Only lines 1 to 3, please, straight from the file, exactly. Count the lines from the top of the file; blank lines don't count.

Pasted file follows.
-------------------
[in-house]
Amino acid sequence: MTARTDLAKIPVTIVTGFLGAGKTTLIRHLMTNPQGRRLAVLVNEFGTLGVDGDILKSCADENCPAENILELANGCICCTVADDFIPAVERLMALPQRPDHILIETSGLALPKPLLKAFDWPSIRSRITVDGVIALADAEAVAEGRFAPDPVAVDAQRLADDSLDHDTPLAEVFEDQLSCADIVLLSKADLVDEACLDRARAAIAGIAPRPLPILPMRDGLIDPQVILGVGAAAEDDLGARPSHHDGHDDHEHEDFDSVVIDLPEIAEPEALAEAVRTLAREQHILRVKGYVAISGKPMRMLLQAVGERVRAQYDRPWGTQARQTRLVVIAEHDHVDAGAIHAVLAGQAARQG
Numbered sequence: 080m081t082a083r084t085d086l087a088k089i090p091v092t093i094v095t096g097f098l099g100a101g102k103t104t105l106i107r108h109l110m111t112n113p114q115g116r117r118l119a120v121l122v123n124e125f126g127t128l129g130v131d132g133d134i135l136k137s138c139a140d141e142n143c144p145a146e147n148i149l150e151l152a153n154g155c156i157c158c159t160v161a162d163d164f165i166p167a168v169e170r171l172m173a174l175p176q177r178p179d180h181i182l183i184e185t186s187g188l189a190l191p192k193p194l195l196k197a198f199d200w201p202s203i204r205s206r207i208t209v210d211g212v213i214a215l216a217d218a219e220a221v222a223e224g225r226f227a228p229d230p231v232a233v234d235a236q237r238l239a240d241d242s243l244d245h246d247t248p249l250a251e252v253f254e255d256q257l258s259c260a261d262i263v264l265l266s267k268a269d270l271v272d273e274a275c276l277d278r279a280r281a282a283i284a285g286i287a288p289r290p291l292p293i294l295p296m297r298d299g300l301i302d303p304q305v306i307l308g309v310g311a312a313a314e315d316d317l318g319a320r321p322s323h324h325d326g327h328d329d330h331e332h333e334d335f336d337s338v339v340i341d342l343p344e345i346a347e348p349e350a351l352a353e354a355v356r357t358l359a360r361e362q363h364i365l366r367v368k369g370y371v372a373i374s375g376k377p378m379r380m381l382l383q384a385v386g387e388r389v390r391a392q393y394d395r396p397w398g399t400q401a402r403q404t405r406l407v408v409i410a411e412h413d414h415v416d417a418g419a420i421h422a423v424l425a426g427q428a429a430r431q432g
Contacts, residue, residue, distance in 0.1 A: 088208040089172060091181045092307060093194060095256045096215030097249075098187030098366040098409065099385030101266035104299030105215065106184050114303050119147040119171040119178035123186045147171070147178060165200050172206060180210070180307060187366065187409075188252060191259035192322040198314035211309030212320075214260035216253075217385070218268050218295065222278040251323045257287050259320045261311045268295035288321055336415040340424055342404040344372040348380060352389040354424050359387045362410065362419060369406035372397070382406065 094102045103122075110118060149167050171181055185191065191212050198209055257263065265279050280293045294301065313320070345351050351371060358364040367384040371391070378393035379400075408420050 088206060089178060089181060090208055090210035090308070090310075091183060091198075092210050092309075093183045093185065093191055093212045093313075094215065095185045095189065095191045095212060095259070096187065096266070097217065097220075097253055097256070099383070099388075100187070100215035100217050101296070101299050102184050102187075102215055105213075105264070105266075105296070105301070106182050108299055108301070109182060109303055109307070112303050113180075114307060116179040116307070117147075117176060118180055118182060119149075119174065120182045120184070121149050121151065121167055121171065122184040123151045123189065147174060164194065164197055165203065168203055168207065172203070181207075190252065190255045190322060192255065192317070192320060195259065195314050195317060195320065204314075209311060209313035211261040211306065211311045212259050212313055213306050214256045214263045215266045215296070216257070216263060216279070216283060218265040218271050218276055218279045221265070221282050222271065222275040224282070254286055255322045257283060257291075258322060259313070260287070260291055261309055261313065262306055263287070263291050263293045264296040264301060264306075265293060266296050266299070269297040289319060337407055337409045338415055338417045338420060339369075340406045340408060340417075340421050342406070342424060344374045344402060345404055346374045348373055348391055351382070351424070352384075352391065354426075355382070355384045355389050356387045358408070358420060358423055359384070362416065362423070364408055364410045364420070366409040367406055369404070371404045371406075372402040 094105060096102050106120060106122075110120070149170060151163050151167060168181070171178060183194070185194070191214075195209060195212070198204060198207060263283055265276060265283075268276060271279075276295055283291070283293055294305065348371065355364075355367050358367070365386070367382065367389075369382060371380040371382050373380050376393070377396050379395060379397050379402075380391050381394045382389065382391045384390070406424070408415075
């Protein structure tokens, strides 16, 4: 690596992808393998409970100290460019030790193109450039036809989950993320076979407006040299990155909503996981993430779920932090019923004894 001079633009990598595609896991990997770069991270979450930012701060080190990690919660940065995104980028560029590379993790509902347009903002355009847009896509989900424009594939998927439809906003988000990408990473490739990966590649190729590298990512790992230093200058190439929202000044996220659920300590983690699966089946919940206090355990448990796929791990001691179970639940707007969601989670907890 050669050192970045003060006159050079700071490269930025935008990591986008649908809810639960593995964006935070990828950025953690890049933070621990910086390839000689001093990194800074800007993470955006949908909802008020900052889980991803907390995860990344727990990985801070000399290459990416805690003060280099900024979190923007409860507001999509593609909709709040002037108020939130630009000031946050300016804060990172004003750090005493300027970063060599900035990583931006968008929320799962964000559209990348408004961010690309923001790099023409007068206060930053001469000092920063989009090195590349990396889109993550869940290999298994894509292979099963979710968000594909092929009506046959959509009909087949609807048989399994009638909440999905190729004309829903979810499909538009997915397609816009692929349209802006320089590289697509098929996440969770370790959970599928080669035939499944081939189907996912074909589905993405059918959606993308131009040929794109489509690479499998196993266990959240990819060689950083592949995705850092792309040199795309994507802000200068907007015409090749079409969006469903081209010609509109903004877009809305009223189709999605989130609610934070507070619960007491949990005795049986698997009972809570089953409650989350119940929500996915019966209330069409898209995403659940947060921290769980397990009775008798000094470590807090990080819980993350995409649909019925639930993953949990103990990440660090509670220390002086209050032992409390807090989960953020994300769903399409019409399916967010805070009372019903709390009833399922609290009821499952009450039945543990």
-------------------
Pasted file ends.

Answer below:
[in-house]
Amino acid sequence: MTARTDLAKIPVTIVTGFLGAGKTTLIRHLMTNPQGRRLAVLVNEFGTLGVDGDILKSCADENCPAENILELANGCICCTVADDFIPAVERLMALPQRPDHILIETSGLALPKPLLKAFDWPSIRSRITVDGVIALADAEAVAEGRFAPDPVAVDAQRLADDSLDHDTPLAEVFEDQLSCADIVLLSKADLVDEACLDRARAAIAGIAPRPLPILPMRDGLIDPQVILGVGAAAEDDLGARPSHHDGHDDHEHEDFDSVVIDLPEIAEPEALAEAVRTLAREQHILRVKGYVAISGKPMRMLLQAVGERVRAQYDRPWGTQARQTRLVVIAEHDHVDAGAIHAVLAGQAARQG
Numbered sequence: 080m081t082a083r084t085d086l087a088k089i090p091v092t093i094v095t096g097f098l099g100a101g102k103t104t105l106i107r108h109l110m111t112n113p114q115g116r117r118l119a120v121l122v123n124e125f126g127t128l129g130v131d132g133d134i135l136k137s138c139a140d141e142n143c144p145a146e147n148i149l150e151l152a153n154g155c156i157c158c159t160v161a162d163d164f165i166p167a168v169e170r171l172m173a174l175p176q177r178p179d180h181i182l183i184e185t186s187g188l189a190l191p192k193p194l195l196k197a198f199d200w201p202s203i204r205s206r207i208t209v210d211g212v213i214a215l216a217d218a219e220a221v222a223e224g225r226f227a228p229d230p231v232a233v234d235a236q237r238l239a240d241d242s243l244d245h246d247t248p249l250a251e252v253f254e255d256q257l258s259c260a261d262i263v264l265l266s267k268a269d270l271v272d273e274a275c276l277d278r279a280r281a282a283i284a285g286i287a288p289r290p291l292p293i294l295p296m297r298d299g300l301i302d303p304q305v306i307l308g309v310g311a312a313a314e315d316d317l318g319a320r321p322s323h324h325d326g327h328d329d330h331e332h333e334d335f336d337s338v339v340i341d342l343p344e345i346a347e348p349e350a351l352a353e354a355v356r357t358l359a360r361e362q363h364i365l366r367v368k369g370y371v372a373i374s375g376k377p378m379r380m381l382l383q384a385v386g387e388r389v390r391a392q393y394d395r396p397w398g399t400q401a402r403q404t405r406l407v408v409i410a411e412h413d414h415v416d417a418g419a420i421h422a423v424l425a426g427q428a429a430r431q432g